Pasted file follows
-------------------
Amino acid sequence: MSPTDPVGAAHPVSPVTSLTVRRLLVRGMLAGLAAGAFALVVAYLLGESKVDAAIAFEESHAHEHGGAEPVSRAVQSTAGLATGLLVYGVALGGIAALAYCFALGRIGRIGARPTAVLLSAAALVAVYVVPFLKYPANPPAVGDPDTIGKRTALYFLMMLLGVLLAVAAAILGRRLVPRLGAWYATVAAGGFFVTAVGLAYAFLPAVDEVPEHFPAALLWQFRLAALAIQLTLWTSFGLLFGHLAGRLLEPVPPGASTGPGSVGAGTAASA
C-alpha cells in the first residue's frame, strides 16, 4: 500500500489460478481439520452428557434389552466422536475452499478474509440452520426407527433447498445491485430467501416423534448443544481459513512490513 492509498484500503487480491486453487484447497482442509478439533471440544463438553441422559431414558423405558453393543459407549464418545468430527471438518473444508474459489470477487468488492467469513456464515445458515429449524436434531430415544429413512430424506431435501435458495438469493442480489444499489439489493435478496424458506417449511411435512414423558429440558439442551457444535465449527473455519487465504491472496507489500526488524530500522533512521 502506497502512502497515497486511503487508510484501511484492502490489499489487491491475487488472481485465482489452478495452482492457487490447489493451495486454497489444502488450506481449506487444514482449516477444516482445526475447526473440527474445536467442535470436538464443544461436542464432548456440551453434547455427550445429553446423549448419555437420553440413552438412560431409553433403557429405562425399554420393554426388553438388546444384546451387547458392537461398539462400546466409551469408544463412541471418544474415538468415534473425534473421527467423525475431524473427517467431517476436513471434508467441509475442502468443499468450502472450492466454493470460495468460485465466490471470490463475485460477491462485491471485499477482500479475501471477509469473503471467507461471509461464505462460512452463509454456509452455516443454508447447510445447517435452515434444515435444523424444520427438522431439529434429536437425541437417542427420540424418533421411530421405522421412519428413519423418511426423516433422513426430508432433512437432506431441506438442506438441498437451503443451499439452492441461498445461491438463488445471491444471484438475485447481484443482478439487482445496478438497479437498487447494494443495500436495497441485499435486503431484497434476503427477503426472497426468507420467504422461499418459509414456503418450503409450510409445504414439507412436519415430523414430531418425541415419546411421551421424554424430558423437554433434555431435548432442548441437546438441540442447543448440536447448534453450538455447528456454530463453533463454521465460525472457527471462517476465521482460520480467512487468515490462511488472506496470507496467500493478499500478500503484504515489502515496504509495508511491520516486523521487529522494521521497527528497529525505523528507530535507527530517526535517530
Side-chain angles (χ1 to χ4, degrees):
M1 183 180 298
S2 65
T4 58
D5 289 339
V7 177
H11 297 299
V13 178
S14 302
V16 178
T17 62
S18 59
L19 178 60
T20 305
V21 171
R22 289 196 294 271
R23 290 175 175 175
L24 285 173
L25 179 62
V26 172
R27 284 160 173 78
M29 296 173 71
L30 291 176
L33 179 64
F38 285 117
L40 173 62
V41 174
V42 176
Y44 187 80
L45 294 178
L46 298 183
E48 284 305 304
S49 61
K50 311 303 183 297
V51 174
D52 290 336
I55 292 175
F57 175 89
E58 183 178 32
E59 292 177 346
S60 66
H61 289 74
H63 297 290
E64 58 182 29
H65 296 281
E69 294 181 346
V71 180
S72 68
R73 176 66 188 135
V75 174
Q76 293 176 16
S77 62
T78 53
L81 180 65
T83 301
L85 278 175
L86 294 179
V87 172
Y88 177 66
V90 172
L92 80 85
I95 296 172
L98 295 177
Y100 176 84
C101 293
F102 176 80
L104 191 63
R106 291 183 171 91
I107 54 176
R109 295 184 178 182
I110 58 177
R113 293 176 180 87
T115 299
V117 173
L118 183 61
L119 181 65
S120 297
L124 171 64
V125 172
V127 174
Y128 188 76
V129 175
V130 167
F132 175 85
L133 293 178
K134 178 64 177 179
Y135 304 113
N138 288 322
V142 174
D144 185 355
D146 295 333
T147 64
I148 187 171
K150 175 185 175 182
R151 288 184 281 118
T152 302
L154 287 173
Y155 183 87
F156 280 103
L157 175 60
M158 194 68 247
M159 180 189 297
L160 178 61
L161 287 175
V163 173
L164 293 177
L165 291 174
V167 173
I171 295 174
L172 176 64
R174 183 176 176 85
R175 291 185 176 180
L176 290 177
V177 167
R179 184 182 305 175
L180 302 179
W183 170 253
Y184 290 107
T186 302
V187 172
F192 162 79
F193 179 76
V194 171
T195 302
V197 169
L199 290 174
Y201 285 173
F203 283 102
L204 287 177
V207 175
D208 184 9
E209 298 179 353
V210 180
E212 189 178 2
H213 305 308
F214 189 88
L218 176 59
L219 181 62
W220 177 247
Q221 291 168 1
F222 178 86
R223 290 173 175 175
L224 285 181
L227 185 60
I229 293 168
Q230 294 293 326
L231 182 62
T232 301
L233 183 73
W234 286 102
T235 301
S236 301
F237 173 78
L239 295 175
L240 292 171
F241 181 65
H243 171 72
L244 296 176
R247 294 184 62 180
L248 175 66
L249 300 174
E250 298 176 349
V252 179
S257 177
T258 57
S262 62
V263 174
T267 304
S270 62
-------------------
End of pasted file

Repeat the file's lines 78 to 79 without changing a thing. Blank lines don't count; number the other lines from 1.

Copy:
L119 181 65
S120 297